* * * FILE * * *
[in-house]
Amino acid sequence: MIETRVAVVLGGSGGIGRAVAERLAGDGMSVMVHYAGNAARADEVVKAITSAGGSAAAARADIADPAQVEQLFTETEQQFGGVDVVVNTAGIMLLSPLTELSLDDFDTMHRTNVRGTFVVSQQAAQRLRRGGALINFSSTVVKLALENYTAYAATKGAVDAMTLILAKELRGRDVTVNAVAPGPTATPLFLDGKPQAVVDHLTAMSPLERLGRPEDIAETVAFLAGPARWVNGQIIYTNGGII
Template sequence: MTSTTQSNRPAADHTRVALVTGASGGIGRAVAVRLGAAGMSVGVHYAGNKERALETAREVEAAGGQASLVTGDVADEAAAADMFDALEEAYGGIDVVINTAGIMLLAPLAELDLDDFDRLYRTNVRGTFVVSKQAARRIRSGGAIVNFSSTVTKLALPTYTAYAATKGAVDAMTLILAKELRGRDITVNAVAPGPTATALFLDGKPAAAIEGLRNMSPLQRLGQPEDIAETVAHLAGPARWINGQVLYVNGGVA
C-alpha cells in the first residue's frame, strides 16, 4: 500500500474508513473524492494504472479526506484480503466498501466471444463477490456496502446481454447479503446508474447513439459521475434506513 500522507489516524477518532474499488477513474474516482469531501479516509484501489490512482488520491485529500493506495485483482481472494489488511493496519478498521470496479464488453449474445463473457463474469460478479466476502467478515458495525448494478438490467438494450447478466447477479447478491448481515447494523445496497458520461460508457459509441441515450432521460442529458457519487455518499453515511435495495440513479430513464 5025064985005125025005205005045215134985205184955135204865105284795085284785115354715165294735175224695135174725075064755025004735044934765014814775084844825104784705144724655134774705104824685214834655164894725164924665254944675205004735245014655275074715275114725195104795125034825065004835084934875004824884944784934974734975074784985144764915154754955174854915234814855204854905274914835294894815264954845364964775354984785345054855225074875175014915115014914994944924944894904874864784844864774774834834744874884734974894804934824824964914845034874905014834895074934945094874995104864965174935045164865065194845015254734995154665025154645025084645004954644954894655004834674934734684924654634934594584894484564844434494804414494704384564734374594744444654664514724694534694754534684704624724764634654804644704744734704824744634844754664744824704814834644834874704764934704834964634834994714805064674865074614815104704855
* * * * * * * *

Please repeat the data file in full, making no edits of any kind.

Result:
[in-house]
Amino acid sequence: MIETRVAVVLGGSGGIGRAVAERLAGDGMSVMVHYAGNAARADEVVKAITSAGGSAAAARADIADPAQVEQLFTETEQQFGGVDVVVNTAGIMLLSPLTELSLDDFDTMHRTNVRGTFVVSQQAAQRLRRGGALINFSSTVVKLALENYTAYAATKGAVDAMTLILAKELRGRDVTVNAVAPGPTATPLFLDGKPQAVVDHLTAMSPLERLGRPEDIAETVAFLAGPARWVNGQIIYTNGGII
Template sequence: MTSTTQSNRPAADHTRVALVTGASGGIGRAVAVRLGAAGMSVGVHYAGNKERALETAREVEAAGGQASLVTGDVADEAAAADMFDALEEAYGGIDVVINTAGIMLLAPLAELDLDDFDRLYRTNVRGTFVVSKQAARRIRSGGAIVNFSSTVTKLALPTYTAYAATKGAVDAMTLILAKELRGRDITVNAVAPGPTATALFLDGKPAAAIEGLRNMSPLQRLGQPEDIAETVAHLAGPARWINGQVLYVNGGVA
C-alpha cells in the first residue's frame, strides 16, 4: 500500500474508513473524492494504472479526506484480503466498501466471444463477490456496502446481454447479503446508474447513439459521475434506513 500522507489516524477518532474499488477513474474516482469531501479516509484501489490512482488520491485529500493506495485483482481472494489488511493496519478498521470496479464488453449474445463473457463474469460478479466476502467478515458495525448494478438490467438494450447478466447477479447478491448481515447494523445496497458520461460508457459509441441515450432521460442529458457519487455518499453515511435495495440513479430513464 5025064985005125025005205005045215134985205184955135204865105284795085284785115354715165294735175224695135174725075064755025004735044934765014814775084844825104784705144724655134774705104824685214834655164894725164924665254944675205004735245014655275074715275114725195104795125034825065004835084934875004824884944784934974734975074784985144764915154754955174854915234814855204854905274914835294894815264954845364964775354984785345054855225074875175014915115014914994944924944894904874864784844864774774834834744874884734974894804934824824964914845034874905014834895074934945094874995104864965174935045164865065194845015254734995154665025154645025084645004954644954894655004834674934734684924654634934594584894484564844434494804414494704384564734374594744444654664514724694534694754534684704624724764634654804644704744734704824744634844754664744824704814834644834874704764934704834964634834994714805064674865074614815104704855